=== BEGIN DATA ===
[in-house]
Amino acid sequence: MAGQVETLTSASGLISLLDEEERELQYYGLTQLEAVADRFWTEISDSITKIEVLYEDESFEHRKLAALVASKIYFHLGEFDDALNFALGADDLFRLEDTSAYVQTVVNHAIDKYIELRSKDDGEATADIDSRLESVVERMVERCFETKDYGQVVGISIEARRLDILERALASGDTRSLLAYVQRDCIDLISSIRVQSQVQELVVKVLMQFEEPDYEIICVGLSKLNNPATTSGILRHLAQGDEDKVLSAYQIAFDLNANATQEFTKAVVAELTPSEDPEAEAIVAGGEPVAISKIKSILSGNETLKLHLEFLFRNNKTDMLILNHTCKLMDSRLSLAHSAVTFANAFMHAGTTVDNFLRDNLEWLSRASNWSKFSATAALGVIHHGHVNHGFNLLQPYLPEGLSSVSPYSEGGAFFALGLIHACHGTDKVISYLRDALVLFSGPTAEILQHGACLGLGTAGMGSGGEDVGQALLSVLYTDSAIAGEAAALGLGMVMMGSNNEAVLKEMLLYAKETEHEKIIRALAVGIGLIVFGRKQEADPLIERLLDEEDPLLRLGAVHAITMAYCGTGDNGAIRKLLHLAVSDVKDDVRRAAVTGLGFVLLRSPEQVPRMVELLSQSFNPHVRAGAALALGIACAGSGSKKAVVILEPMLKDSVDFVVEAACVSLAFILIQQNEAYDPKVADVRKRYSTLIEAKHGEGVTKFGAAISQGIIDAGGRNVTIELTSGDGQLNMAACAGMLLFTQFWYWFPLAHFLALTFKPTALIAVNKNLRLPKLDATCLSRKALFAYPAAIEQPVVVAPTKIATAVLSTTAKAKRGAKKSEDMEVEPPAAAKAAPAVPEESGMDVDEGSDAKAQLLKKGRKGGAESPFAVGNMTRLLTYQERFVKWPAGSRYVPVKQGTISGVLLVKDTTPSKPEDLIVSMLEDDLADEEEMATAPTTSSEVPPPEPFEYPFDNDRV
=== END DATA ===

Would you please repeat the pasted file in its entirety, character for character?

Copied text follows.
[in-house]
Amino acid sequence: MAGQVETLTSASGLISLLDEEERELQYYGLTQLEAVADRFWTEISDSITKIEVLYEDESFEHRKLAALVASKIYFHLGEFDDALNFALGADDLFRLEDTSAYVQTVVNHAIDKYIELRSKDDGEATADIDSRLESVVERMVERCFETKDYGQVVGISIEARRLDILERALASGDTRSLLAYVQRDCIDLISSIRVQSQVQELVVKVLMQFEEPDYEIICVGLSKLNNPATTSGILRHLAQGDEDKVLSAYQIAFDLNANATQEFTKAVVAELTPSEDPEAEAIVAGGEPVAISKIKSILSGNETLKLHLEFLFRNNKTDMLILNHTCKLMDSRLSLAHSAVTFANAFMHAGTTVDNFLRDNLEWLSRASNWSKFSATAALGVIHHGHVNHGFNLLQPYLPEGLSSVSPYSEGGAFFALGLIHACHGTDKVISYLRDALVLFSGPTAEILQHGACLGLGTAGMGSGGEDVGQALLSVLYTDSAIAGEAAALGLGMVMMGSNNEAVLKEMLLYAKETEHEKIIRALAVGIGLIVFGRKQEADPLIERLLDEEDPLLRLGAVHAITMAYCGTGDNGAIRKLLHLAVSDVKDDVRRAAVTGLGFVLLRSPEQVPRMVELLSQSFNPHVRAGAALALGIACAGSGSKKAVVILEPMLKDSVDFVVEAACVSLAFILIQQNEAYDPKVADVRKRYSTLIEAKHGEGVTKFGAAISQGIIDAGGRNVTIELTSGDGQLNMAACAGMLLFTQFWYWFPLAHFLALTFKPTALIAVNKNLRLPKLDATCLSRKALFAYPAAIEQPVVVAPTKIATAVLSTTAKAKRGAKKSEDMEVEPPAAAKAAPAVPEESGMDVDEGSDAKAQLLKKGRKGGAESPFAVGNMTRLLTYQERFVKWPAGSRYVPVKQGTISGVLLVKDTTPSKPEDLIVSMLEDDLADEEEMATAPTTSSEVPPPEPFEYPFDNDRV